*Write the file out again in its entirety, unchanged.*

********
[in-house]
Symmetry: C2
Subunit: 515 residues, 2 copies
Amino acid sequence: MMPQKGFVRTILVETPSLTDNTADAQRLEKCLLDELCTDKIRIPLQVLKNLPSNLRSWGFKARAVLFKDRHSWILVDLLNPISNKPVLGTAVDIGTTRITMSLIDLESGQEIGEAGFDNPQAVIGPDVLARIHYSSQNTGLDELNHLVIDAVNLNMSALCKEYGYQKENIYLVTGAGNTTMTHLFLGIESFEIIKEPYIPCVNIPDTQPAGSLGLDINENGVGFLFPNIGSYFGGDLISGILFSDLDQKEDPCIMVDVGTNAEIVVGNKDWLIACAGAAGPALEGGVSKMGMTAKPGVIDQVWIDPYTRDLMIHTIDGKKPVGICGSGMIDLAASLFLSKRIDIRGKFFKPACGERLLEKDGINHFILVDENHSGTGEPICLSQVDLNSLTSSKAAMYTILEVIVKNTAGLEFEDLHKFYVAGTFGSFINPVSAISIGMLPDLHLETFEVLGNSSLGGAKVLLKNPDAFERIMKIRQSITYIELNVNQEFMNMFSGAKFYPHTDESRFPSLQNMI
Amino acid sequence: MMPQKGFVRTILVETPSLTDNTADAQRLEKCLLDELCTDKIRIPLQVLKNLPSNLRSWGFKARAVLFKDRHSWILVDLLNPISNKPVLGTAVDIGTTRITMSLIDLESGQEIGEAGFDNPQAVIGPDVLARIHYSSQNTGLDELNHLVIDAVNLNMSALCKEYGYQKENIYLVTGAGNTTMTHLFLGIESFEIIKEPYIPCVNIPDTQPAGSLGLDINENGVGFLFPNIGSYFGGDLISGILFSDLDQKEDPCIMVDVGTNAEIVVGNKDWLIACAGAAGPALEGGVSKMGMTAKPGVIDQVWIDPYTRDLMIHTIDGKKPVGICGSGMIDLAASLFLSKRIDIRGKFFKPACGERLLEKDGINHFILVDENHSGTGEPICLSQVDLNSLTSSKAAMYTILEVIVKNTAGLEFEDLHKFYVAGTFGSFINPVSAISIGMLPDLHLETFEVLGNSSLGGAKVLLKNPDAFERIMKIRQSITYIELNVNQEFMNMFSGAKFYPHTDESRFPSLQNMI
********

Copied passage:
[in-house]
Symmetry: C2
Subunit: 515 residues, 2 copies
Amino acid sequence: MMPQKGFVRTILVETPSLTDNTADAQRLEKCLLDELCTDKIRIPLQVLKNLPSNLRSWGFKARAVLFKDRHSWILVDLLNPISNKPVLGTAVDIGTTRITMSLIDLESGQEIGEAGFDNPQAVIGPDVLARIHYSSQNTGLDELNHLVIDAVNLNMSALCKEYGYQKENIYLVTGAGNTTMTHLFLGIESFEIIKEPYIPCVNIPDTQPAGSLGLDINENGVGFLFPNIGSYFGGDLISGILFSDLDQKEDPCIMVDVGTNAEIVVGNKDWLIACAGAAGPALEGGVSKMGMTAKPGVIDQVWIDPYTRDLMIHTIDGKKPVGICGSGMIDLAASLFLSKRIDIRGKFFKPACGERLLEKDGINHFILVDENHSGTGEPICLSQVDLNSLTSSKAAMYTILEVIVKNTAGLEFEDLHKFYVAGTFGSFINPVSAISIGMLPDLHLETFEVLGNSSLGGAKVLLKNPDAFERIMKIRQSITYIELNVNQEFMNMFSGAKFYPHTDESRFPSLQNMI
Amino acid sequence: MMPQKGFVRTILVETPSLTDNTADAQRLEKCLLDELCTDKIRIPLQVLKNLPSNLRSWGFKARAVLFKDRHSWILVDLLNPISNKPVLGTAVDIGTTRITMSLIDLESGQEIGEAGFDNPQAVIGPDVLARIHYSSQNTGLDELNHLVIDAVNLNMSALCKEYGYQKENIYLVTGAGNTTMTHLFLGIESFEIIKEPYIPCVNIPDTQPAGSLGLDINENGVGFLFPNIGSYFGGDLISGILFSDLDQKEDPCIMVDVGTNAEIVVGNKDWLIACAGAAGPALEGGVSKMGMTAKPGVIDQVWIDPYTRDLMIHTIDGKKPVGICGSGMIDLAASLFLSKRIDIRGKFFKPACGERLLEKDGINHFILVDENHSGTGEPICLSQVDLNSLTSSKAAMYTILEVIVKNTAGLEFEDLHKFYVAGTFGSFINPVSAISIGMLPDLHLETFEVLGNSSLGGAKVLLKNPDAFERIMKIRQSITYIELNVNQEFMNMFSGAKFYPHTDESRFPSLQNMI